Falling interest rates have also contributed to the rapid growth of the bridging industry. Rates have fallen since the start of 2009 in line with market trends, and this has encouraged more investors to use bridging finance to fund their projects. The trend of declining rates continued in Q1 2012, with the average rate falling from 1.41% in Q4 2011 to 1.38%. The average rate also fell year-on-year – it was 1.52% in Q1 2011.

Mark Abrahams, CEO of West One Loans, said: “Falling rates have increased the allure of bridging loans to property investors. They are increasing the value of property investments for the borrowers and driving up the average amount they want to borrow. This is in glaring contrast to the high street, where increased funding costs are forcing lenders to up their rates. Turmoil in the wholesale markets has pushed funding costs up by 40% for the biggest UK lenders since the beginning of February. That’s why we have seen big banks and mutuals like RBS and Halifax hike up their rates. More will follow their lead. This is encouraging more property investors to abandon the high street and use bridging loans to finance their projects.”

Despite declining rates, returns for those investing in bridging are still healthier than in traditional ten year government bonds. This highlights the high yields bridging offers investors in comparison to conventional asset classes.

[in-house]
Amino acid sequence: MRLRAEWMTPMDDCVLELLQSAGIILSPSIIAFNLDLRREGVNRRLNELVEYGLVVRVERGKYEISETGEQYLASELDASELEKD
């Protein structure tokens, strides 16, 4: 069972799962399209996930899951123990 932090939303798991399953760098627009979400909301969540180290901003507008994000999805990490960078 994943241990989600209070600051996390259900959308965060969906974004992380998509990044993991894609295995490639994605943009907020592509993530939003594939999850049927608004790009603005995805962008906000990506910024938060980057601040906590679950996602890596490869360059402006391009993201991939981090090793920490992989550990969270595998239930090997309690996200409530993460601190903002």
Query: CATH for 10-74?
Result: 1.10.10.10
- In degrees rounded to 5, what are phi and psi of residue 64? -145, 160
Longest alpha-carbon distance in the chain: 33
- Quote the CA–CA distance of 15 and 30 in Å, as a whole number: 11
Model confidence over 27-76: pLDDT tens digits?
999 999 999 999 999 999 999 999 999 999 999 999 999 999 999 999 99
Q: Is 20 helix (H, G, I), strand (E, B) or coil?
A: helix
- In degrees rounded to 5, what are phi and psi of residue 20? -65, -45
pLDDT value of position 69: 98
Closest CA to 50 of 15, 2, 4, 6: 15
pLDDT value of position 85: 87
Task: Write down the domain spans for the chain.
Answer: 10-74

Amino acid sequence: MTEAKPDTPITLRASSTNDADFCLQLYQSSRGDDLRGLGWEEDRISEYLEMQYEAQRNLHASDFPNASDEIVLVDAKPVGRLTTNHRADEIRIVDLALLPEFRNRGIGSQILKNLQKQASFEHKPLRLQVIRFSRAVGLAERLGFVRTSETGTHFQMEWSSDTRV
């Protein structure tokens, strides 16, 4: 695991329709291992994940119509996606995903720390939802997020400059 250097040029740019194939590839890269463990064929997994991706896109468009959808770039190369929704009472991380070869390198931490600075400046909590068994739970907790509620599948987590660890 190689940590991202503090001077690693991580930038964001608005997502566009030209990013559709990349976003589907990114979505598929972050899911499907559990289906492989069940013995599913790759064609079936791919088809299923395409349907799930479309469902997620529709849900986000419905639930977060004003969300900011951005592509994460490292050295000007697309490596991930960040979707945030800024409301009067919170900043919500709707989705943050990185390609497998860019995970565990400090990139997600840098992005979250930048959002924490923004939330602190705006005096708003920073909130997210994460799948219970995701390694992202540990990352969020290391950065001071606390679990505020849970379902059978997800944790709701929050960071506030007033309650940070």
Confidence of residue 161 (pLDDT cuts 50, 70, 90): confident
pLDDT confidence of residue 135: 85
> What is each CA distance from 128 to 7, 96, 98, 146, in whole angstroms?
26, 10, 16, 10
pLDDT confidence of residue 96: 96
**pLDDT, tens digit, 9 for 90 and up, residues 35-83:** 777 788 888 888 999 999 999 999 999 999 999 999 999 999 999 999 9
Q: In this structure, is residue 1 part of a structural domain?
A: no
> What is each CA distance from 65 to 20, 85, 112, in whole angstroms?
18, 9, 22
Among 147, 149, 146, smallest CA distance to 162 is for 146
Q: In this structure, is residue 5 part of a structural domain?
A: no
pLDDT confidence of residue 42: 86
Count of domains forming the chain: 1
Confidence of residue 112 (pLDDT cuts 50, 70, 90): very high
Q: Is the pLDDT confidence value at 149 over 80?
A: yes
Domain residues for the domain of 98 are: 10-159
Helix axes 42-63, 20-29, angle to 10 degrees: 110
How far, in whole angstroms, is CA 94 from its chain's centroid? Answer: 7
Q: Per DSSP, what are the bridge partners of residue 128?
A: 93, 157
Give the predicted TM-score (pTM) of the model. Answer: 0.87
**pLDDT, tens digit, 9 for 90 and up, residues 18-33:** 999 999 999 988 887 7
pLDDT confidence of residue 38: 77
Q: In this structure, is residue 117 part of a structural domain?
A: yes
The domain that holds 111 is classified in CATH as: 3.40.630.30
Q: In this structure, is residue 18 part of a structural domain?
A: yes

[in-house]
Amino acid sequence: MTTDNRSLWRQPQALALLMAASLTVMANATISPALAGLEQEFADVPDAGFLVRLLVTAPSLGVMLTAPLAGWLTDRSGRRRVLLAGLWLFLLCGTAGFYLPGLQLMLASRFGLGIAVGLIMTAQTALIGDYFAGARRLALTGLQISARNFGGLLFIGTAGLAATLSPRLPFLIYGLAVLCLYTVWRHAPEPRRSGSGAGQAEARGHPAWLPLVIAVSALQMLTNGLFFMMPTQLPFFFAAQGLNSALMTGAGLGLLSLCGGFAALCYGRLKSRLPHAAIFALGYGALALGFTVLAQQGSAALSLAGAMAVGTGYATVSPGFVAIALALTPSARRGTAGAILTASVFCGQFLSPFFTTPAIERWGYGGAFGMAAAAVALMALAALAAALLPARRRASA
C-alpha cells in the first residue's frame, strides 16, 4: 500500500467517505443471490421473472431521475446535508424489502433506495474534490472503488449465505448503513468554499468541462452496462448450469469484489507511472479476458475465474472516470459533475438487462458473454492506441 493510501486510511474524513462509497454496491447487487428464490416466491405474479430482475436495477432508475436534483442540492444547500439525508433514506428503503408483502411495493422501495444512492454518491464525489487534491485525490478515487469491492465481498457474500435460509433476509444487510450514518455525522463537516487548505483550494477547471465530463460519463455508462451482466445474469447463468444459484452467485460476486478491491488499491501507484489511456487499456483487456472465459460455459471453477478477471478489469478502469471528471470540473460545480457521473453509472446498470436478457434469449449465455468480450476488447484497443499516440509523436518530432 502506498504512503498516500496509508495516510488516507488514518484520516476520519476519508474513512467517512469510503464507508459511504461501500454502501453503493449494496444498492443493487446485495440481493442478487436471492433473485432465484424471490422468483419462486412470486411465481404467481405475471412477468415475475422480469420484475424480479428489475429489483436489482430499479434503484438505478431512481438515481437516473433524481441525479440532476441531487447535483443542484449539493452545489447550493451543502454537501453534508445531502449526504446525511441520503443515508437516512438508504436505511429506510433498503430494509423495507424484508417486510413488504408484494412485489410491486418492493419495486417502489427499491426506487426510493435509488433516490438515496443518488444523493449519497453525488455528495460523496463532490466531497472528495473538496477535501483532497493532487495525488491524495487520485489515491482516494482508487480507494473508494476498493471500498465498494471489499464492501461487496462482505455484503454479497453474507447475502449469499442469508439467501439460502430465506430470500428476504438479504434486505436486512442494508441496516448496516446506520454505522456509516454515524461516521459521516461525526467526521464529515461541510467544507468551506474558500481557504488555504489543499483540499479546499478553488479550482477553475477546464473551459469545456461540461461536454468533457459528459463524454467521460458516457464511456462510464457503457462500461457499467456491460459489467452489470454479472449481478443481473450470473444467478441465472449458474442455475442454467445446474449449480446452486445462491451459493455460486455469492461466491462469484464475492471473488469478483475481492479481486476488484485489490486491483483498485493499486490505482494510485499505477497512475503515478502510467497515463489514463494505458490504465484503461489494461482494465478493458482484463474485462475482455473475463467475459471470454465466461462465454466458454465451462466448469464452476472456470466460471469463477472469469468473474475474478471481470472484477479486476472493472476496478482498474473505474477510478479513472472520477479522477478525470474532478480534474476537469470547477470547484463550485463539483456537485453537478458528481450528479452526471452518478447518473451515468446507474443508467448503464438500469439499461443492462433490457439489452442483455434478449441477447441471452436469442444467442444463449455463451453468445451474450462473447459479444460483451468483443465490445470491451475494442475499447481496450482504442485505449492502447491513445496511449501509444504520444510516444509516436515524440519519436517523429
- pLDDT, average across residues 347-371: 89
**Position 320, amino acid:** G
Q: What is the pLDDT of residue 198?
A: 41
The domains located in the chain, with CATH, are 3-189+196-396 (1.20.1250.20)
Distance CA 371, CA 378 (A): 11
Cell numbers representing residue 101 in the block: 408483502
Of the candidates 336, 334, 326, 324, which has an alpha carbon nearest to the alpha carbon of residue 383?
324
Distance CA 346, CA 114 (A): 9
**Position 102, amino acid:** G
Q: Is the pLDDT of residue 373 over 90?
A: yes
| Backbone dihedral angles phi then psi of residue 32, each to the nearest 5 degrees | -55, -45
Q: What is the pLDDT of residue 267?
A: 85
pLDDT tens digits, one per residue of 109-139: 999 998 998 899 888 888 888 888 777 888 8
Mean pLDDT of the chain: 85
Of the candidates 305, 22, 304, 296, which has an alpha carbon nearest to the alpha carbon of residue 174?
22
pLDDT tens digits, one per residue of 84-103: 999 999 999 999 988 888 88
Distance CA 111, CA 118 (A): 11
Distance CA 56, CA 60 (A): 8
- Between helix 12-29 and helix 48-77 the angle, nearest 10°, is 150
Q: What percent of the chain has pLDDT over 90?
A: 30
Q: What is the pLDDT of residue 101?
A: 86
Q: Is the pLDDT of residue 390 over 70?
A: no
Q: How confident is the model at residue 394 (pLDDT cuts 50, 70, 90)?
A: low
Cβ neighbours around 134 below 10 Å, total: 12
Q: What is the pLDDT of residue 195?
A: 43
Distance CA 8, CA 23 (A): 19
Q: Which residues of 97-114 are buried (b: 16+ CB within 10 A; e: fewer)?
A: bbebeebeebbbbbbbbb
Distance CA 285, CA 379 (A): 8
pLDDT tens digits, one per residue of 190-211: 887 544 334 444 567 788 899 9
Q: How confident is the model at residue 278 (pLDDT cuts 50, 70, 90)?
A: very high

Mark Abrahams explained: “We’re seeing a seismic shift in the way people are investing. Alternative investments like bridging are increasingly being seen as safe havens from the volatility of the stock market. Yields in bridging are decreasing marginally, but not with the same pace and unpredictability that we’ve seen with other investments. Most traditional asset classes are yielding significantly lower returns than they were before the 2008 downturn. We’ve yet to see them recover with any conviction. This is encouraging more private investors to invest directly in alternative assets like bridging.

We’re also seeing a shift in the way bridging loans are funded. With high-street banks floundering and scratching around for capital, peer-to-peer lending has become increasingly important to the way the bridging industry is funded. Investors can maximize their returns and manage risk better if they deal directly with the bridging lender they are investing in. Increasingly we’re seeing them cutting out the fund manager and dealing peer-to-peer.”

Loan-to-values (LTVs) have begun to flatten out after increasing steadily since mid-2010. The average 1st charge LTV in Q1 2012 fell for the first time since Q3 2010. It fell from 50.2% in Q4 last year to 49.3%

But despite the quarter-on-quarter fall, the average 1st charge LTV was still 2.3 percentage points higher than the average for 2011 (47%). This reflects that property investors are tackling more ambitious projects than they were last year. It also reflects the strong credit performance of loan portfolios.

Duncan Kreeger explained: “LTVs have risen in line with increasing loan sizes as investors look to take on bigger, more ambitious projects that they can’t get funding for via high street banks. With the rental sector so vibrant at the moment, there is an increased appetite for larger residential projects so investors can maximize the returns they get from high rental yields.

We’re proud we’re able to produce this Index. The industry has been crying out for authoritative stats: there is a real lack of them at the moment. The Index quantifies just how well the bridging industry has been performing, and gives it a greater air of respectability with the rest of the lending market.”